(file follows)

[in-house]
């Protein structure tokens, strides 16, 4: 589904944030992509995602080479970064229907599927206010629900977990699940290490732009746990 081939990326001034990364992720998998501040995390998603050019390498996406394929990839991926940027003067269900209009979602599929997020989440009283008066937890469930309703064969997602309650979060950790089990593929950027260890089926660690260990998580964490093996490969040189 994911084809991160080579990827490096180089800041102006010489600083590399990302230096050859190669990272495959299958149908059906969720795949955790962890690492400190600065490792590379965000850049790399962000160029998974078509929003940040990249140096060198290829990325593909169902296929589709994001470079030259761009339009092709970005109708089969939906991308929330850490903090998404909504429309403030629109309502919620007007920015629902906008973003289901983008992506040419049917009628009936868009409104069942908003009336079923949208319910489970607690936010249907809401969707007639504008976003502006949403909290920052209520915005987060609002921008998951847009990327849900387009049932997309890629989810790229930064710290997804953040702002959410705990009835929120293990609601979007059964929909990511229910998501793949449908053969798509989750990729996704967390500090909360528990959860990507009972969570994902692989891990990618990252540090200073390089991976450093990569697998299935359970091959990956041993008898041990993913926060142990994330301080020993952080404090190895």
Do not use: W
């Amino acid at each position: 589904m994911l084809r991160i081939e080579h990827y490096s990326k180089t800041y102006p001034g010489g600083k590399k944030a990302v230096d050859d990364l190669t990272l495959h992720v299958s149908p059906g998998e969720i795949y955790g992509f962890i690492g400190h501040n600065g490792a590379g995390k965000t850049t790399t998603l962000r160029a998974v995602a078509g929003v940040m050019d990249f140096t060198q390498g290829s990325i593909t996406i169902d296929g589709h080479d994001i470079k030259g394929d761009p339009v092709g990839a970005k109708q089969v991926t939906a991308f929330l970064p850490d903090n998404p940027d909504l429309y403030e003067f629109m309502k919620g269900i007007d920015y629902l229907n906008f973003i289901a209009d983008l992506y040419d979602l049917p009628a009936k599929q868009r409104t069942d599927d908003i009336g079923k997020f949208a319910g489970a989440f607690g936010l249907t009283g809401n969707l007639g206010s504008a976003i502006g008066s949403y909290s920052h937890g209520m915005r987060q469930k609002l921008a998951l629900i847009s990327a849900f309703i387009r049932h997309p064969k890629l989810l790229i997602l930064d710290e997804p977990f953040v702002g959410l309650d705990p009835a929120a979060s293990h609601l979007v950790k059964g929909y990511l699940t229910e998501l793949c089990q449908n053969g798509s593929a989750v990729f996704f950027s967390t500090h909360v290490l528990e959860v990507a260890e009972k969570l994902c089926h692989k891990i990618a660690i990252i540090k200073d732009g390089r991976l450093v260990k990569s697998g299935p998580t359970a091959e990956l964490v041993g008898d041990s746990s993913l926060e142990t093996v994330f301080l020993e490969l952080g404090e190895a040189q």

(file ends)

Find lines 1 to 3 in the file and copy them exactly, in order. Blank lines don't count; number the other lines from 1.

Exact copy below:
[in-house]
């Protein structure tokens, strides 16, 4: 589904944030992509995602080479970064229907599927206010629900977990699940290490732009746990 081939990326001034990364992720998998501040995390998603050019390498996406394929990839991926940027003067269900209009979602599929997020989440009283008066937890469930309703064969997602309650979060950790089990593929950027260890089926660690260990998580964490093996490969040189 994911084809991160080579990827490096180089800041102006010489600083590399990302230096050859190669990272495959299958149908059906969720795949955790962890690492400190600065490792590379965000850049790399962000160029998974078509929003940040990249140096060198290829990325593909169902296929589709994001470079030259761009339009092709970005109708089969939906991308929330850490903090998404909504429309403030629109309502919620007007920015629902906008973003289901983008992506040419049917009628009936868009409104069942908003009336079923949208319910489970607690936010249907809401969707007639504008976003502006949403909290920052209520915005987060609002921008998951847009990327849900387009049932997309890629989810790229930064710290997804953040702002959410705990009835929120293990609601979007059964929909990511229910998501793949449908053969798509989750990729996704967390500090909360528990959860990507009972969570994902692989891990990618990252540090200073390089991976450093990569697998299935359970091959990956041993008898041990993913926060142990994330301080020993952080404090190895």
Do not use: W